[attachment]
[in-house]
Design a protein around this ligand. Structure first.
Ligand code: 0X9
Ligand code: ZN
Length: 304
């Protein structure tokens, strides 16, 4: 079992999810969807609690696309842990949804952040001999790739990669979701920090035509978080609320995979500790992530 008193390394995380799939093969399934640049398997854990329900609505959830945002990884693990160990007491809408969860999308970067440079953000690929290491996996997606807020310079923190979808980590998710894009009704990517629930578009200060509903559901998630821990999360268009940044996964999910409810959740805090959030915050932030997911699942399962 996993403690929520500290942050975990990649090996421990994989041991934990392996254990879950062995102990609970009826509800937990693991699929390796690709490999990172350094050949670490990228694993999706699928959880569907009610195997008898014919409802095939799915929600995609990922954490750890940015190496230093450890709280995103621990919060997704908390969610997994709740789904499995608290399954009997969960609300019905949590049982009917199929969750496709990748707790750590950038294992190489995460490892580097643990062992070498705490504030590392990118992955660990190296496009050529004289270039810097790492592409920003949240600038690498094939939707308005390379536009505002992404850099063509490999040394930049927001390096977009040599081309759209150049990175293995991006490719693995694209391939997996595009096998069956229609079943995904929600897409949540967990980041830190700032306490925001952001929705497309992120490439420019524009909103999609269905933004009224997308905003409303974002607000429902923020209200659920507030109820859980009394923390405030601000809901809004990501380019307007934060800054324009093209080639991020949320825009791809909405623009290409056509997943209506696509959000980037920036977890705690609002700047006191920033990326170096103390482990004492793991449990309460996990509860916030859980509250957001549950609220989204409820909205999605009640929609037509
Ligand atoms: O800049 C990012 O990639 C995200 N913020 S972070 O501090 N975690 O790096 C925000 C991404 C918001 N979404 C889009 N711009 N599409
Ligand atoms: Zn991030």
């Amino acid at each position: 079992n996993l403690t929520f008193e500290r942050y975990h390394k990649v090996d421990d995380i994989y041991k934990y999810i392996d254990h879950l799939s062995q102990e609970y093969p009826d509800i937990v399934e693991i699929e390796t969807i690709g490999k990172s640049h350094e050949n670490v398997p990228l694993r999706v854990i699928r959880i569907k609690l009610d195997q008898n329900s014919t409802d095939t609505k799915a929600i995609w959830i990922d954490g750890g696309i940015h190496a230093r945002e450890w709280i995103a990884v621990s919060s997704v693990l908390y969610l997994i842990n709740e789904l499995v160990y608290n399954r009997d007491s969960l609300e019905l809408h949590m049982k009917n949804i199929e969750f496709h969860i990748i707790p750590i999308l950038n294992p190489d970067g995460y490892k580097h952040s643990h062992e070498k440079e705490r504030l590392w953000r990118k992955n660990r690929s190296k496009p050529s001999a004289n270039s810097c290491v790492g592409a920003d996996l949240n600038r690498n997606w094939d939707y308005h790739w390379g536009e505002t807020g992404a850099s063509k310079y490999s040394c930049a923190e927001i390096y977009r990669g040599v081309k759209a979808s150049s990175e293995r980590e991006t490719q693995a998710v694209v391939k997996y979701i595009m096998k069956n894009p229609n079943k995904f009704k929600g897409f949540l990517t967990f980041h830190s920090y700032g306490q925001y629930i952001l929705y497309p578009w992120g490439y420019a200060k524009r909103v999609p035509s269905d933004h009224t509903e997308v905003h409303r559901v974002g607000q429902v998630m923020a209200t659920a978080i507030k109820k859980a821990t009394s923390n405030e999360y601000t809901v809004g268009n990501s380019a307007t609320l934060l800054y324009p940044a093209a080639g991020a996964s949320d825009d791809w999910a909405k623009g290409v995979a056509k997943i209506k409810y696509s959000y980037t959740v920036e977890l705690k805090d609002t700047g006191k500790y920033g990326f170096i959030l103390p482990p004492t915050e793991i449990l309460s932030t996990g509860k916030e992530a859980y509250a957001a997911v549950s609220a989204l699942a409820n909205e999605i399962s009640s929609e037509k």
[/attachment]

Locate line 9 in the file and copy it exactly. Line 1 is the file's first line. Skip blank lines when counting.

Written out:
């Amino acid at each position: 079992n996993l403690t929520f008193e500290r942050y975990h390394k990649v090996d421990d995380i994989y041991k934990y999810i392996d254990h879950l799939s062995q102990e609970y093969p009826d509800i937990v399934e693991i699929e390796t969807i690709g490999k990172s640049h350094e050949n670490v398997p990228l694993r999706v854990i699928r959880i569907k609690l009610d195997q008898n329900s014919t409802d095939t609505k799915a929600i995609w959830i990922d954490g750890g696309i940015h190496a230093r945002e450890w709280i995103a990884v621990s919060s997704v693990l908390y969610l997994i842990n709740e789904l499995v160990y608290n399954r009997d007491s969960l609300e019905l809408h949590m049982k009917n949804i199929e969750f496709h969860i990748i707790p750590i999308l950038n294992p190489d970067g995460y490892k580097h952040s643990h062992e070498k440079e705490r504030l590392w953000r990118k992955n660990r690929s190296k496009p050529s001999a004289n270039s810097c290491v790492g592409a920003d996996l949240n600038r690498n997606w094939d939707y308005h790739w390379g536009e505002t807020g992404a850099s063509k310079y490999s040394c930049a923190e927001i390096y977009r990669g040599v081309k759209a979808s150049s990175e293995r980590e991006t490719q693995a998710v694209v391939k997996y979701i595009m096998k069956n894009p229609n079943k995904f009704k929600g897409f949540l990517t967990f980041h830190s920090y700032g306490q925001y629930i952001l929705y497309p578009w992120g490439y420019a200060k524009r909103v999609p035509s269905d933004h009224t509903e997308v905003h409303r559901v974002g607000q429902v998630m923020a209200t659920a978080i507030k109820k859980a821990t009394s923390n405030e999360y601000t809901v809004g268009n990501s380019a307007t609320l934060l800054y324009p940044a093209a080639g991020a996964s949320d825009d791809w999910a909405k623009g290409v995979a056509k997943i209506k409810y696509s959000y980037t959740v920036e977890l705690k805090d609002t700047g006191k500790y920033g990326f170096i959030l103390p482990p004492t915050e793991i449990l309460s932030t996990g509860k916030e992530a859980y509250a957001a997911v549950s609220a989204l699942a409820n909205e999605i399962s009640s929609e037509k």